Keeping Multiplayer Games Alive

The Fatal Flaw in Some Multiplayer Games

Being the fan of multiplayer games that I am, I am frequently let down by some games. Not because they aren’t fun, or have something wrong with them mechanics-wise. It’s because the game population is so small or nonexistent. One example was Of Kings and Men, a third-person melee battlefield. Great game concept, the models and animations were nice, gameplay seemed solid – but nobody was playing. This isn’t just an indie game problem either. Big companies suffer from this problem as well. Not 4 months after For Honor launched, and it took forever to get into a queue. Also I was way outclassed by everyone in the game (I scored 5 points…compared to 200-400). Matchmaking is a huge problem for games with big populations, and exponentially more difficult for smaller game populations.

Narrowing Down The Problem

So what’s a company/developer to do? Getting your game in front of players nowadays is complex. Do you use Twitter or Facebook to advertise? Do devs give out keys to YouTubers, Twitch broadcasters, or just do giveaways directly to the players? What about Google or Facebook ads? Keep in mind this all costs money, and is very time consuming. Not to mention you have to get through a sea of spam to actually catch someone’s eye. Some Twitter users I see are following hundreds or thousands of other Twitter users. The term ‘following’ should be used loosely here, nobody keeps up with all of that unless it’s their full time job. So yes, standing out is difficult among the throngs of every other game trying to do the same.


Lately I’ve found a few games that are hugely impacted by playing with friends. I don’t mean random PuGs through the matchmaking system, I mean people that you know and interact with regularly. Helldivers and Rocket League are two that come to mind off top. I won’t play either without ‘friends’, and I’ve seen several people insist on the same. Finding more and more of these types of games lately, the question I start to ask the most is “Why don’t the sell these games in four packs?” A few games on steam are sold in four packs, and I’m not sure why more aren’t. For games so heavily dependent on their multiplayer community (IE both games above), having more players is paramount. Offering a nice discount for purchasing more than one copy seems like a no brainer. We get discounts for bulk purchases in everyday life. I get that it’s not cheap to make a game, but I’m willing to bet it’s even more expensive to make a failed game.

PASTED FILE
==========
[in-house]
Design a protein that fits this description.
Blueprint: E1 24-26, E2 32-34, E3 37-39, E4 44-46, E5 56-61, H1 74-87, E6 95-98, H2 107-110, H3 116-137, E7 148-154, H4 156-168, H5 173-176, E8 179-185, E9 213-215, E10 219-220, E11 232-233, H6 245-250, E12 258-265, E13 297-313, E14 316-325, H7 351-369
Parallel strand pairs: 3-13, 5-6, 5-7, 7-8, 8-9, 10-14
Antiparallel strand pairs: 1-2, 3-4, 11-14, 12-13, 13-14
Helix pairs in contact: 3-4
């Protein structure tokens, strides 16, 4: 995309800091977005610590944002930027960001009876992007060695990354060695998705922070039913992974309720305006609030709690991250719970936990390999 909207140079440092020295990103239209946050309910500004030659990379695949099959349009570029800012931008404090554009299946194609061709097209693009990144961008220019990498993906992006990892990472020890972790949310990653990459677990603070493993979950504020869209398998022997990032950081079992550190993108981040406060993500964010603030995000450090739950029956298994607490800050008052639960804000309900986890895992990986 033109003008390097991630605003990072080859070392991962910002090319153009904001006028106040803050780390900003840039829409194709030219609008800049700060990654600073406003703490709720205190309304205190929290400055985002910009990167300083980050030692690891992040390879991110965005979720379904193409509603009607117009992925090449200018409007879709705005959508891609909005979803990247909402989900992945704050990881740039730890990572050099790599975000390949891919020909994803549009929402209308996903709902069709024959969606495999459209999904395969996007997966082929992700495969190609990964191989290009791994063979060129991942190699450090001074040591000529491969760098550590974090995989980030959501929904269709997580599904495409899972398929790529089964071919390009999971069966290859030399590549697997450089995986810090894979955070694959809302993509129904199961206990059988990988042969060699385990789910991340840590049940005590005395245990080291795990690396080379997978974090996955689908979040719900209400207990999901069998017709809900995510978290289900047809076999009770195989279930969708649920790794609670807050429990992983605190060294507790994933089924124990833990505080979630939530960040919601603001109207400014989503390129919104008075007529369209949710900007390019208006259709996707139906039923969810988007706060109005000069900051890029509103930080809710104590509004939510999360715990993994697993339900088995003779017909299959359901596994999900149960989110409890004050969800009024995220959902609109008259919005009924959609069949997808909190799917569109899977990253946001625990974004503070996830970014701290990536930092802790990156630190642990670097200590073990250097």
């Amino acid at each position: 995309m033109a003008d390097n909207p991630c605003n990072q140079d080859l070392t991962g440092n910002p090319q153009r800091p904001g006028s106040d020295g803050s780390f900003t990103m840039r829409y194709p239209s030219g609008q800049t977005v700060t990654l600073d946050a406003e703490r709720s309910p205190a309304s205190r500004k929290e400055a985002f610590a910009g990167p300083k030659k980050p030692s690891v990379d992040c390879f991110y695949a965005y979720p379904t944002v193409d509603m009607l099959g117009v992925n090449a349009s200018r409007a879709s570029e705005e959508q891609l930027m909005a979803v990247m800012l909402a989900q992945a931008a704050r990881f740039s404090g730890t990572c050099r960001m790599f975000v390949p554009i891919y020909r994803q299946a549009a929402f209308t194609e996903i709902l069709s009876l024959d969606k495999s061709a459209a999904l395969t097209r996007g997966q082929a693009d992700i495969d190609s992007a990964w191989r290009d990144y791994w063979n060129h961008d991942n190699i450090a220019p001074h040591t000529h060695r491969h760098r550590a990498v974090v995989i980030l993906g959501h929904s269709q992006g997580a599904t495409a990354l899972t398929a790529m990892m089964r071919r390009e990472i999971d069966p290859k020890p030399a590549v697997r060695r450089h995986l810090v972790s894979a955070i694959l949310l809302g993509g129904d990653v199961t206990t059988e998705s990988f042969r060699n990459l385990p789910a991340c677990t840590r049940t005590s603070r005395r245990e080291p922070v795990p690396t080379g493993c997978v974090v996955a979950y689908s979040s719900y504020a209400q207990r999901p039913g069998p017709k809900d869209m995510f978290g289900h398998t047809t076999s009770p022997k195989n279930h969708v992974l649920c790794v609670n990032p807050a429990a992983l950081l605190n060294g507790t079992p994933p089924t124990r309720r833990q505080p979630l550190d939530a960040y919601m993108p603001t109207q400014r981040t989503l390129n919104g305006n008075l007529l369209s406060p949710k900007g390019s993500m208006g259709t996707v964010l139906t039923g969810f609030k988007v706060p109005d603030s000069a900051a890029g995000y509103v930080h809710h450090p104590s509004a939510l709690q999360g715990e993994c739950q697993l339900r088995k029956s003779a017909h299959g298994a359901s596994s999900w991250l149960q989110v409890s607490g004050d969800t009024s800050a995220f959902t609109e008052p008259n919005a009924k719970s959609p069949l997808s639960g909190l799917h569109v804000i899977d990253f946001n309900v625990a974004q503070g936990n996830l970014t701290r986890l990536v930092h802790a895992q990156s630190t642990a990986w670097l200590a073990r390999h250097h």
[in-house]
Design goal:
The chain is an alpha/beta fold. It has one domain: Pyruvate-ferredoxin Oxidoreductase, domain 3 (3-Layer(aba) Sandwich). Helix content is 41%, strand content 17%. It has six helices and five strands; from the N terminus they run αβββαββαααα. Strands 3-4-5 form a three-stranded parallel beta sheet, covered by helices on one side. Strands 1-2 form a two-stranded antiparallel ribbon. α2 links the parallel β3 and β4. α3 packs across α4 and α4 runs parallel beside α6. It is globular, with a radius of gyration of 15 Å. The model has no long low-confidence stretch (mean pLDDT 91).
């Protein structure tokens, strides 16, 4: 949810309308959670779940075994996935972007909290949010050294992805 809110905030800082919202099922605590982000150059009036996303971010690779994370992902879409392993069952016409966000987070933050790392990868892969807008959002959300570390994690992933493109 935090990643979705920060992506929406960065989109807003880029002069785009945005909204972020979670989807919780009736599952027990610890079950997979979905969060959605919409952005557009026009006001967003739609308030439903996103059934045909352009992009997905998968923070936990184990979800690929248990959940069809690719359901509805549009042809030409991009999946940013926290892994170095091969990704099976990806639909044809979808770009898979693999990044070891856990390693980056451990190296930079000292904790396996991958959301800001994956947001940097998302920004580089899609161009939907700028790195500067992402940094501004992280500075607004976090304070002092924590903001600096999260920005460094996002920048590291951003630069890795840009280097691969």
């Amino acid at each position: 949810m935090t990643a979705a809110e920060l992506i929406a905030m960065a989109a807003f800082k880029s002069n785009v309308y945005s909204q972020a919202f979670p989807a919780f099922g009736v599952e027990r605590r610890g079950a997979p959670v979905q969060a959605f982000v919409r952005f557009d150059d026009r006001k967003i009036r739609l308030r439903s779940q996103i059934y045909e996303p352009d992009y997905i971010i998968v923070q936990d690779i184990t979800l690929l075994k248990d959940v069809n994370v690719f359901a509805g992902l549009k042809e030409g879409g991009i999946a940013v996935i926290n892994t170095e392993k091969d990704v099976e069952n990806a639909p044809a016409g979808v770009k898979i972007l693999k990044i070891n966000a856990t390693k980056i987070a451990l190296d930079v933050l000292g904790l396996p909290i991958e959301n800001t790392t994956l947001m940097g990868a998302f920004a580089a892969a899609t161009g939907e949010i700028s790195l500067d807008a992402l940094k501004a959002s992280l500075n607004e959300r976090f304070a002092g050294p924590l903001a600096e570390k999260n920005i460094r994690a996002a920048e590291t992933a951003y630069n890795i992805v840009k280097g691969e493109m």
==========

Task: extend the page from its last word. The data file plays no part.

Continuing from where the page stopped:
Another solution is to change the standard press key giveaway strategy. As I see it happen now, a game launches and press keys go flying out to all the biggest content creators. Occasionally the smaller guys manage to snag a few trickle-down keys as well. The big creators play it for a day, and then they’re done. Maybe a few days if the devs are lucky. After that, it’s just a forgotten memory. The creators showcasing it longer are actually the smaller creators. It’s all a game of numbers, large crowds for a few days or much smaller crowds over a longer period of time. If developers spaced out their timeline for giving out keys, probably to the smaller creators, it could keep their game ‘fresh’. Holding regular giveaways directly to players to coincide with handing out creator keys would probably be helpful as well.

Perfect Example

Just before writing this article I went to try and find a particular game being streamed called Fortified! from Clapfoot games. It came out just last year, and has mostly positive reviews. Nobody’s streaming the game though! Not many are playing the game either according to Steam charts. If I want to check out the game, it’s all year-old footage from YouTube, which may or may not be representative of the game in its current state. So I risk spending $14.99 in hopes that I like the game, and that people I game with like it enough to risk $14.99 themselves. The safer route is to spend that money on something I can watch more recent gameplay of. Which option do you think players are going choose?

Risk versus Reward

Game developers, especially indie developers, take risks themselves bringing a game public, but players take risks on buying games with little to no information on. While some player risk is mitigated by Steam’s 2-hour refund window, getting a full groups-worth of friends to buy in to a game together is almost impossible. I have 290+ Steam friends, 500+ Twitch followers, 390+ Twitter followers, 100+ on Facebook, plus hundreds of readers per day on this website, and I still can’t make it happen unless the game is free. F2P is great, but for the most part they still manage to have their fatal flaws (terrible community, pay to win, etc). The bottom line is, game developers need to come up with a way to make multiplayer games more accessible to paying customers. That might mean offering better pricing on multi packs, keeping fresh content out there for prospective customers, or something else entirely.

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